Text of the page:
Inferior

Below.

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31

Anterior.

In front of.

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32

Midline

Line separating left and right.

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33

Ipsilateral

Same side.

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34

Contralateral

Opposite side.

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35

Decussate

To cross midline.

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36

Proximal

Close to point of reference.

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37

Distal

Far from point of reference.

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38

Efferent

Projecting away from reference.

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39

Afferent

Projecting towards reference.

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40

Medial

Near midline.

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41

Lateral

Far from midline.

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42

Coronal

Plane of section cutting in a [] way.

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43

Sagittal

Plane of section cutting in a | way.

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44

Horizontal

Plane of section cutting in a - way.

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45

Symmetry

Neuroscience rule which states that the left and the right side are mirror images of each other.

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46

Localization of Function

Neuroscience rule which states that different functions tend to be localized in different parts of the nervous system.

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47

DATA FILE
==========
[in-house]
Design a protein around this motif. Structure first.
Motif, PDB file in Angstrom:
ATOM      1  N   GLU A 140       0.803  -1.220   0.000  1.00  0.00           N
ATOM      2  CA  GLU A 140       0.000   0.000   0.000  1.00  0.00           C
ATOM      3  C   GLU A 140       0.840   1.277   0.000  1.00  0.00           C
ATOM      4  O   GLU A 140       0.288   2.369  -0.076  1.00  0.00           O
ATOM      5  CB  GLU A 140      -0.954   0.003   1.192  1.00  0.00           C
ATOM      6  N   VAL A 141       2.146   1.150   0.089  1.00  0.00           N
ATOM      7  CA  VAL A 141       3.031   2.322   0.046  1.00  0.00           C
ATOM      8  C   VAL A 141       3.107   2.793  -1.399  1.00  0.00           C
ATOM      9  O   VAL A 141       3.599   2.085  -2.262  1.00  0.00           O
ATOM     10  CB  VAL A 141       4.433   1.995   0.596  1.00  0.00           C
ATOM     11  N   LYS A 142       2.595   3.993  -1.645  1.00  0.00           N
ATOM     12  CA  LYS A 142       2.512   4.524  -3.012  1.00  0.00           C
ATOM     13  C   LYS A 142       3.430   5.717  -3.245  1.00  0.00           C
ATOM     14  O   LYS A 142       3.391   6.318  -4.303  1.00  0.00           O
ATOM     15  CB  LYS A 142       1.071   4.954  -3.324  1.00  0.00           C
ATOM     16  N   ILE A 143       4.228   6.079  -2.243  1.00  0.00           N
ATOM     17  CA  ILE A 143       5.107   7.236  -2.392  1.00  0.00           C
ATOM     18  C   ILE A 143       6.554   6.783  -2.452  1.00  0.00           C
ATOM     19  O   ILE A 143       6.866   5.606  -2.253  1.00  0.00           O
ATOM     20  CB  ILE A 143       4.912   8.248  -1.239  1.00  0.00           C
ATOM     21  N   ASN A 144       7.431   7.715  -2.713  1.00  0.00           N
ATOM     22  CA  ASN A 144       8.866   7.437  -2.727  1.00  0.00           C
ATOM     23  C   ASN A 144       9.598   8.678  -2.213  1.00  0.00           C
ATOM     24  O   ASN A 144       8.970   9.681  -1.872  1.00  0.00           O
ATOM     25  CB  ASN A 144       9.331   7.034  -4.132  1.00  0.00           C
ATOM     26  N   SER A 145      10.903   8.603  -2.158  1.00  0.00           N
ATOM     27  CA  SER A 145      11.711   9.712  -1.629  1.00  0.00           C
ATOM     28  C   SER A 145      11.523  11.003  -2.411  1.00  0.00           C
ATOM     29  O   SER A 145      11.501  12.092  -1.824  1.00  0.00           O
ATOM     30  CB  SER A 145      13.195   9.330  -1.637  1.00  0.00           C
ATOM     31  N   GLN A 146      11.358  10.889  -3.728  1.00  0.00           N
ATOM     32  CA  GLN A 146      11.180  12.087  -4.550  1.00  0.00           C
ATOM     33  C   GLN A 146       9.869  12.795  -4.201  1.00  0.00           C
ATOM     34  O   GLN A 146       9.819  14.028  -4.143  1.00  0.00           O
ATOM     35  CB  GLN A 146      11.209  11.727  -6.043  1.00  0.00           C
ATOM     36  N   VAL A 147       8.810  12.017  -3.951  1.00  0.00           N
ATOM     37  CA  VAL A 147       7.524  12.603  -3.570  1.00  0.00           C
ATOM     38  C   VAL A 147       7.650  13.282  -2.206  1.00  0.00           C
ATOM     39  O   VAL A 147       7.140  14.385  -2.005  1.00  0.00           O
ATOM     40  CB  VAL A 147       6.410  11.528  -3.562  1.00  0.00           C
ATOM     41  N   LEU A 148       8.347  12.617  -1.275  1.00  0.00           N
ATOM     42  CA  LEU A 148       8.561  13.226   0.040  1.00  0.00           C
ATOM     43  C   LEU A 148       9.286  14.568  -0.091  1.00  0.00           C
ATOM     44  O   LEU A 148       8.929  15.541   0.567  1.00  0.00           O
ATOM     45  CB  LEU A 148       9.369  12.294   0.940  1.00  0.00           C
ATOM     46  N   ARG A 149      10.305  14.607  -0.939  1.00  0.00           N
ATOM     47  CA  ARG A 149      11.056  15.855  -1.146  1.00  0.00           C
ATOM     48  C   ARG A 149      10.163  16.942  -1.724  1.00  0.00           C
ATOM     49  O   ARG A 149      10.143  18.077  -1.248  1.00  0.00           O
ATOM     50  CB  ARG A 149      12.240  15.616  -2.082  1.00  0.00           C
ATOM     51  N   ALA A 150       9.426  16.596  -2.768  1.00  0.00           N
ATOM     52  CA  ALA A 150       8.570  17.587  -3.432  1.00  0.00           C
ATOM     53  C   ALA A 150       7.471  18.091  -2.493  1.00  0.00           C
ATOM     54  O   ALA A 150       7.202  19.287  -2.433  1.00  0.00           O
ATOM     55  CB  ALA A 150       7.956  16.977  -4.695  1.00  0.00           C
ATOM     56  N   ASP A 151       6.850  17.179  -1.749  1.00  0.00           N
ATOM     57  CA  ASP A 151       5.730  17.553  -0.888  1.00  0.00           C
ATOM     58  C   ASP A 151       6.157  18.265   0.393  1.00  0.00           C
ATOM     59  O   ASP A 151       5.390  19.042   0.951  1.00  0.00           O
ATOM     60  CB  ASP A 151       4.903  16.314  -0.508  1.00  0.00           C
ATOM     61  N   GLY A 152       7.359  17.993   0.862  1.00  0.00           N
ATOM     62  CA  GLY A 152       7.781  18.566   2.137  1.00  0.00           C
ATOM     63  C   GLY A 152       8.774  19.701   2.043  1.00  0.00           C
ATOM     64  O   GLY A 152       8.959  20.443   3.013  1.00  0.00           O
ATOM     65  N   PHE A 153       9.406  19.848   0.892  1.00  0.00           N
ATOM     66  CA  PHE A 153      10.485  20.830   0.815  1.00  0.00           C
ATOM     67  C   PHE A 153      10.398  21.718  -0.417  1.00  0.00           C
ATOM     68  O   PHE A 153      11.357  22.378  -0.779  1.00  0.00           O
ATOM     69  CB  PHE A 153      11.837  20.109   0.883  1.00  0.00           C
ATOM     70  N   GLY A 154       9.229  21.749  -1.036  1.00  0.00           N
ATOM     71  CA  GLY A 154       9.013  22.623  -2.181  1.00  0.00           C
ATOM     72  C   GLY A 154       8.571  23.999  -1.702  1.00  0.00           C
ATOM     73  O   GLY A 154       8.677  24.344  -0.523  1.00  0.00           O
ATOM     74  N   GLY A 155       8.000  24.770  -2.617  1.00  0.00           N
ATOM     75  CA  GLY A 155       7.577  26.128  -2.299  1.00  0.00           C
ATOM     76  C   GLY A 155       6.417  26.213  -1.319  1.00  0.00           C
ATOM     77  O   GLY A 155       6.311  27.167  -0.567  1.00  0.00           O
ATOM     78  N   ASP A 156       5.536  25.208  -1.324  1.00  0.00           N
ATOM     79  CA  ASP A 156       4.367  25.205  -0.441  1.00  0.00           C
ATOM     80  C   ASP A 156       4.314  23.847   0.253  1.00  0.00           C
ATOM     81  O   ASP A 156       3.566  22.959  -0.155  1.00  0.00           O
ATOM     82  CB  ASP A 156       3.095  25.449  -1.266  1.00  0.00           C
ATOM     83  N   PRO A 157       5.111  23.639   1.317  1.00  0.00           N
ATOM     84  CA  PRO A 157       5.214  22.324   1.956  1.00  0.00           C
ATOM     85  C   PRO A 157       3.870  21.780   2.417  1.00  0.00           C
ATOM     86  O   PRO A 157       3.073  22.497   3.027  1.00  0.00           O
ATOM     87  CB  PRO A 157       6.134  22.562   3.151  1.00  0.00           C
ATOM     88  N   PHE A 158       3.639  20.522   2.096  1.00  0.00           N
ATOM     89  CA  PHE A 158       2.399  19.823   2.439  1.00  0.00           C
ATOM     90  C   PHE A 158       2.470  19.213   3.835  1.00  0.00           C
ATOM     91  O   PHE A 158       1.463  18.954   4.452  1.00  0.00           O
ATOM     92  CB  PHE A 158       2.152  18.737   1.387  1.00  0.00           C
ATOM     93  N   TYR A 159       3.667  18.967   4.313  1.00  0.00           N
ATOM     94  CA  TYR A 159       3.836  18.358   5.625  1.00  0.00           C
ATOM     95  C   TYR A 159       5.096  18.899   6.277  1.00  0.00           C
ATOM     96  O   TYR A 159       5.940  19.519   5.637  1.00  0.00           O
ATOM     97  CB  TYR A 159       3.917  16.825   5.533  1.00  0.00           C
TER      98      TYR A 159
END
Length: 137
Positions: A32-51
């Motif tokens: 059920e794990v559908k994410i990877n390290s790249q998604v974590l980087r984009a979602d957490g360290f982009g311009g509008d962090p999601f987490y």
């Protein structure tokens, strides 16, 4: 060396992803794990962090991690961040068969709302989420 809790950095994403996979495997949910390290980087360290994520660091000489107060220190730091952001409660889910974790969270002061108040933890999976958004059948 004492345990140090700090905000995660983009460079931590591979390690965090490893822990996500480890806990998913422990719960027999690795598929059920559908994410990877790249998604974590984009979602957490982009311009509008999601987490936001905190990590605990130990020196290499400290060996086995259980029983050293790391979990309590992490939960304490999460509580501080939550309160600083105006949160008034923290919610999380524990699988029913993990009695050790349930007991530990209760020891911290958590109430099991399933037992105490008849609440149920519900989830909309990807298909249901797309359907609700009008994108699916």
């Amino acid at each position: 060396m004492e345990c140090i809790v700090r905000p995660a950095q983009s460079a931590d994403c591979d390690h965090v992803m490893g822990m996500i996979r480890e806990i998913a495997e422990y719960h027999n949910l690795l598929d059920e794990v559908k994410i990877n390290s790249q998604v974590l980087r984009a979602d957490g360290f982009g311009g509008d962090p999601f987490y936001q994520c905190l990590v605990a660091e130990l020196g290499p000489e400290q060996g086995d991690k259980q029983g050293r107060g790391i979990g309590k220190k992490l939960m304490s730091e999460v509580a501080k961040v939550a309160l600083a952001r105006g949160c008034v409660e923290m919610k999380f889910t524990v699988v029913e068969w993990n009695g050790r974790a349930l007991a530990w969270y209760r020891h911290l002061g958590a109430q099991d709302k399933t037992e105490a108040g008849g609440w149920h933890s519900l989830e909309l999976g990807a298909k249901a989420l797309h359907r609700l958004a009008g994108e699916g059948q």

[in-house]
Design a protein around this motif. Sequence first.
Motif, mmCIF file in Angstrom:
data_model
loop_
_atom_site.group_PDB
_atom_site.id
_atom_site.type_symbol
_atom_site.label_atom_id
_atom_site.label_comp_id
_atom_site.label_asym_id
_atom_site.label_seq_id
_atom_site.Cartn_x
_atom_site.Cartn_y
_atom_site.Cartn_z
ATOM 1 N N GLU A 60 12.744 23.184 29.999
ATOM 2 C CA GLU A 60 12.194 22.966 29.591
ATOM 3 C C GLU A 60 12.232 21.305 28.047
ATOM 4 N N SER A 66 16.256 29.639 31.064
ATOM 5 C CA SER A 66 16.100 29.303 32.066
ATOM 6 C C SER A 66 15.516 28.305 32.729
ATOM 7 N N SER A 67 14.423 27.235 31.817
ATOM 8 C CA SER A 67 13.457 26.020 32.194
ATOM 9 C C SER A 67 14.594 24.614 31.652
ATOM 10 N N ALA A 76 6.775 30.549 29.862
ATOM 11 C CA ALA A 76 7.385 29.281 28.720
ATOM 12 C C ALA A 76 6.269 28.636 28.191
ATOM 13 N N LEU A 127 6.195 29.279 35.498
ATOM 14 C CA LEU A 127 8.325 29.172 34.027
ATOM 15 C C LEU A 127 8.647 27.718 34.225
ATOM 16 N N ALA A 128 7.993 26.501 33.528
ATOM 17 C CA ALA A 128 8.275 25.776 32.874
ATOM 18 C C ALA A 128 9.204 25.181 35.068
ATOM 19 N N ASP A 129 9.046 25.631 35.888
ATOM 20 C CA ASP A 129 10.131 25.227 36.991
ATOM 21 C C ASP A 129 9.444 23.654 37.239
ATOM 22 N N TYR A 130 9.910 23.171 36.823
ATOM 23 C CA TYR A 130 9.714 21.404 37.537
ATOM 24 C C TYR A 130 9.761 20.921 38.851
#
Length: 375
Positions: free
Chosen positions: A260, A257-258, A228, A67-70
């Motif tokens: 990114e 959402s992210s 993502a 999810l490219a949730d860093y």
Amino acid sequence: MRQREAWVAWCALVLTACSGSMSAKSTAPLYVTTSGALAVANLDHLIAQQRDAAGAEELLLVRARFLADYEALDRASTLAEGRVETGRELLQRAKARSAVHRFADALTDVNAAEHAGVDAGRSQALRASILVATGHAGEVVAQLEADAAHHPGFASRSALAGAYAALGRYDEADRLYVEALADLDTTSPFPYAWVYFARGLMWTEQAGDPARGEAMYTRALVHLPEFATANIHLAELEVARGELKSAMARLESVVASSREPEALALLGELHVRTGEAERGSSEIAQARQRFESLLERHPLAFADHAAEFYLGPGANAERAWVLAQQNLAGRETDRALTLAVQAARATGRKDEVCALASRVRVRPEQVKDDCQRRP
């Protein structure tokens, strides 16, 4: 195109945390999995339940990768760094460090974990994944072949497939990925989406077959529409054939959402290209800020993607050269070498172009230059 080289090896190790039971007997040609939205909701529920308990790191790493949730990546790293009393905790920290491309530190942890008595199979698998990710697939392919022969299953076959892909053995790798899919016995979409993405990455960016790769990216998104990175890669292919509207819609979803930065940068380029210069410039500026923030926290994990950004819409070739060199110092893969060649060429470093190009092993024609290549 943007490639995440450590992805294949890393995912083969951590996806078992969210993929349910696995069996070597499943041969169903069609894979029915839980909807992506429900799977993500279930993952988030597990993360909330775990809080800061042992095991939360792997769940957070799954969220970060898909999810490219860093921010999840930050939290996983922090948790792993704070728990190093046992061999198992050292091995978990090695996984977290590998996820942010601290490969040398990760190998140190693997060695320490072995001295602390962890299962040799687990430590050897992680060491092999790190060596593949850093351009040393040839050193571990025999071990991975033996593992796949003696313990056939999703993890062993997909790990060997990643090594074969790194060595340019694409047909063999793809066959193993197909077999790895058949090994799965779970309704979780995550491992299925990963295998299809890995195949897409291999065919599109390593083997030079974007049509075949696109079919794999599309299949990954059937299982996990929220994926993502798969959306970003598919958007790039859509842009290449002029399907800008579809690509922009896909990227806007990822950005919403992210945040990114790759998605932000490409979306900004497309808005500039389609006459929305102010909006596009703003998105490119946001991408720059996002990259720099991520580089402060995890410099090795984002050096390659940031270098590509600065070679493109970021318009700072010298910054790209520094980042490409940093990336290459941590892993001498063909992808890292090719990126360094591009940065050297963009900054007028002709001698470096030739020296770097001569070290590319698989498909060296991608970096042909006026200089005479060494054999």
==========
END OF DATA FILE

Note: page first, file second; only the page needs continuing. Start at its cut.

Contralaterality

Neuroscience rule which states that whatever is happening on one side of the world is sensed by the opposite side of the brain.

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48

Topography

Neuroscience rule which states that each part of the body maps onto a particular part of the brain that can move that part of the body.

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49

Lobes of the Brain

  1. Frontal

  2. Parietal

  3. Occipital

  4. Temporal

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50

Why is the Resting Potential Negative?

  • The potassium concentration is greater inside than outside the neuron because of the sodium/potassium pump.

  • The neuron is primarily permeable to potassium because the membrane contains potassium leak ion channels, which only potassium ions can go through.

  • So, K+ diffuses out of the cell, making the inside negative.

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51

Electrochemical Equilibrium

The potential at which the net flow of an ion would be 0.

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52

Equilibrium

The potential is stable and negative.

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53

What Establishes Equilibrium Potential?

  1. Diffusion: when something is concentrated highly in one spot, it will naturally go where its concentration is lower.

  2. Electrostatic Force: if the forces are opposite, it's a force of attraction; if the forces are the same, it's a force of repulsion.

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54

Coulomb Force Law

F is proportional to (q1)(q2) / (r^2)

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55

Nernst Equation

Ex = (58 / z)log(Xout / Xin)

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56

Goldman-Hodgkin-Katz (GHK) Equation

Vm = 58log[(PKout + PNaout) / (PKin + PNain)]